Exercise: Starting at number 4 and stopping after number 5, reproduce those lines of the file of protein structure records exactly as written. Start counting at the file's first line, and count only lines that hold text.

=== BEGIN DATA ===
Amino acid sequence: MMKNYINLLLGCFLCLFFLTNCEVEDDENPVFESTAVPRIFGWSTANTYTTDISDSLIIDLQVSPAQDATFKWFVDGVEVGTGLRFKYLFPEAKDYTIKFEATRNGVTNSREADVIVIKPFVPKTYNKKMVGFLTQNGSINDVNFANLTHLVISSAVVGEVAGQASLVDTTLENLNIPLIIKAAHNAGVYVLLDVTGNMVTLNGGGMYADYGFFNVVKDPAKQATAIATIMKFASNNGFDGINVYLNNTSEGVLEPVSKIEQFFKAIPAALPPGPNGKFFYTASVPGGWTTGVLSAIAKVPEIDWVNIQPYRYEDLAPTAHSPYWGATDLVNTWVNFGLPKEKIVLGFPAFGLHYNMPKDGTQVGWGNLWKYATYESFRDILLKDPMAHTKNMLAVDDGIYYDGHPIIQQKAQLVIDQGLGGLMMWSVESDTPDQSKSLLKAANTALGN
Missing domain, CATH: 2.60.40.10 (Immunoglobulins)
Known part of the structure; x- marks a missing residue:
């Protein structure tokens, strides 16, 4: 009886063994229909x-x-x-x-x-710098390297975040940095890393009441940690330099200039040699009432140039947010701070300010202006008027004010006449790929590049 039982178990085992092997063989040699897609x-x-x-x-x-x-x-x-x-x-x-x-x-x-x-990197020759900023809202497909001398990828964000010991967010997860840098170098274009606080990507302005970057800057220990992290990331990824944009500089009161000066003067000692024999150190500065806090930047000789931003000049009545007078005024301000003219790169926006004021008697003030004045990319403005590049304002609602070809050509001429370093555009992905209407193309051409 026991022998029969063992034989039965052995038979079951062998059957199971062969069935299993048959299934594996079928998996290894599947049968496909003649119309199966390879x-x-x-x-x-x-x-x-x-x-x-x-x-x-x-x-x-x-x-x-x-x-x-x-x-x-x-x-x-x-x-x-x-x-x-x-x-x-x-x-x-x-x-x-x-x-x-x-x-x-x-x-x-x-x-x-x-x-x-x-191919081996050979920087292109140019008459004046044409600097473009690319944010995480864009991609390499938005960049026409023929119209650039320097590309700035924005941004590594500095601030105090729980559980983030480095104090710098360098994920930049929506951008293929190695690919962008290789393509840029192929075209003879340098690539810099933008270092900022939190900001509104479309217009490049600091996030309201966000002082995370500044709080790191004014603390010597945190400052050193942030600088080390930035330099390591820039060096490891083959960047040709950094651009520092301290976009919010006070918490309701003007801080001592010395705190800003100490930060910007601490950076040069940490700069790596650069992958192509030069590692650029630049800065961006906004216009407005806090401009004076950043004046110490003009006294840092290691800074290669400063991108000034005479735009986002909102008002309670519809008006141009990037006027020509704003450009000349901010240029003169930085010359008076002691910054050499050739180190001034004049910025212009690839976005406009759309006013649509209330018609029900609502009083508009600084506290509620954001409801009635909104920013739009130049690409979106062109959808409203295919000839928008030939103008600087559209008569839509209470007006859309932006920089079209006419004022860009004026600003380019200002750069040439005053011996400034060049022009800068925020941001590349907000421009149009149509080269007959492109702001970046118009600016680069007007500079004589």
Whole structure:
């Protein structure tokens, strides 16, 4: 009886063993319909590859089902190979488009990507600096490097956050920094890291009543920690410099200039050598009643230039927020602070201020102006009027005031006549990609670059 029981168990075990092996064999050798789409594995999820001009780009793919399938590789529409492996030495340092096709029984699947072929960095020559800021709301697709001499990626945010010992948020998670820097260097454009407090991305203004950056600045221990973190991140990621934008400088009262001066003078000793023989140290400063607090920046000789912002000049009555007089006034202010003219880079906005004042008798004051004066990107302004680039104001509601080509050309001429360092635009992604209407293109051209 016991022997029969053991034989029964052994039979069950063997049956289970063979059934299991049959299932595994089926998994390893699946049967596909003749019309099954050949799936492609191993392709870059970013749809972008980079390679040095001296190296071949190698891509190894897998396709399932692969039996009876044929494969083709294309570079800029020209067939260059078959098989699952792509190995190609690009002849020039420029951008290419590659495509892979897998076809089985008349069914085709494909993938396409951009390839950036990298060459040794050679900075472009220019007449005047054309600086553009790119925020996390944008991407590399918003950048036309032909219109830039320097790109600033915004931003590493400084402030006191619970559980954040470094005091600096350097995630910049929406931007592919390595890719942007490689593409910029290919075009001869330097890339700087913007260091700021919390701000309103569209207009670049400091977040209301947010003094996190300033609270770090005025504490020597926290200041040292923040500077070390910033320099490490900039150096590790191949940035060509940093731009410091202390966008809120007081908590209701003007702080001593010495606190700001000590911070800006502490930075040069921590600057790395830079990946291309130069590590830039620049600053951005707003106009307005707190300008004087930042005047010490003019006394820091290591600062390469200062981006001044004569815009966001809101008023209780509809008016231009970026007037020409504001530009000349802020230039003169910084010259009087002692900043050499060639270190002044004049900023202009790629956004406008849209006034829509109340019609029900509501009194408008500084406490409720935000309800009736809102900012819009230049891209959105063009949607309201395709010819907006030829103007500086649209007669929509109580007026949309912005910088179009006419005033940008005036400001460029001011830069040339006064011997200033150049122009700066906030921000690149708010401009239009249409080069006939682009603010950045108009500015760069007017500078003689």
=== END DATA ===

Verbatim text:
């Protein structure tokens, strides 16, 4: 009886063994229909x-x-x-x-x-710098390297975040940095890393009441940690330099200039040699009432140039947010701070300010202006008027004010006449790929590049 039982178990085992092997063989040699897609x-x-x-x-x-x-x-x-x-x-x-x-x-x-x-990197020759900023809202497909001398990828964000010991967010997860840098170098274009606080990507302005970057800057220990992290990331990824944009500089009161000066003067000692024999150190500065806090930047000789931003000049009545007078005024301000003219790169926006004021008697003030004045990319403005590049304002609602070809050509001429370093555009992905209407193309051409 026991022998029969063992034989039965052995038979079951062998059957199971062969069935299993048959299934594996079928998996290894599947049968496909003649119309199966390879x-x-x-x-x-x-x-x-x-x-x-x-x-x-x-x-x-x-x-x-x-x-x-x-x-x-x-x-x-x-x-x-x-x-x-x-x-x-x-x-x-x-x-x-x-x-x-x-x-x-x-x-x-x-x-x-x-x-x-x-191919081996050979920087292109140019008459004046044409600097473009690319944010995480864009991609390499938005960049026409023929119209650039320097590309700035924005941004590594500095601030105090729980559980983030480095104090710098360098994920930049929506951008293929190695690919962008290789393509840029192929075209003879340098690539810099933008270092900022939190900001509104479309217009490049600091996030309201966000002082995370500044709080790191004014603390010597945190400052050193942030600088080390930035330099390591820039060096490891083959960047040709950094651009520092301290976009919010006070918490309701003007801080001592010395705190800003100490930060910007601490950076040069940490700069790596650069992958192509030069590692650029630049800065961006906004216009407005806090401009004076950043004046110490003009006294840092290691800074290669400063991108000034005479735009986002909102008002309670519809008006141009990037006027020509704003450009000349901010240029003169930085010359008076002691910054050499050739180190001034004049910025212009690839976005406009759309006013649509209330018609029900609502009083508009600084506290509620954001409801009635909104920013739009130049690409979106062109959808409203295919000839928008030939103008600087559209008569839509209470007006859309932006920089079209006419004022860009004026600003380019200002750069040439005053011996400034060049022009800068925020941001590349907000421009149009149509080269007959492109702001970046118009600016680069007007500079004589």
Whole structure: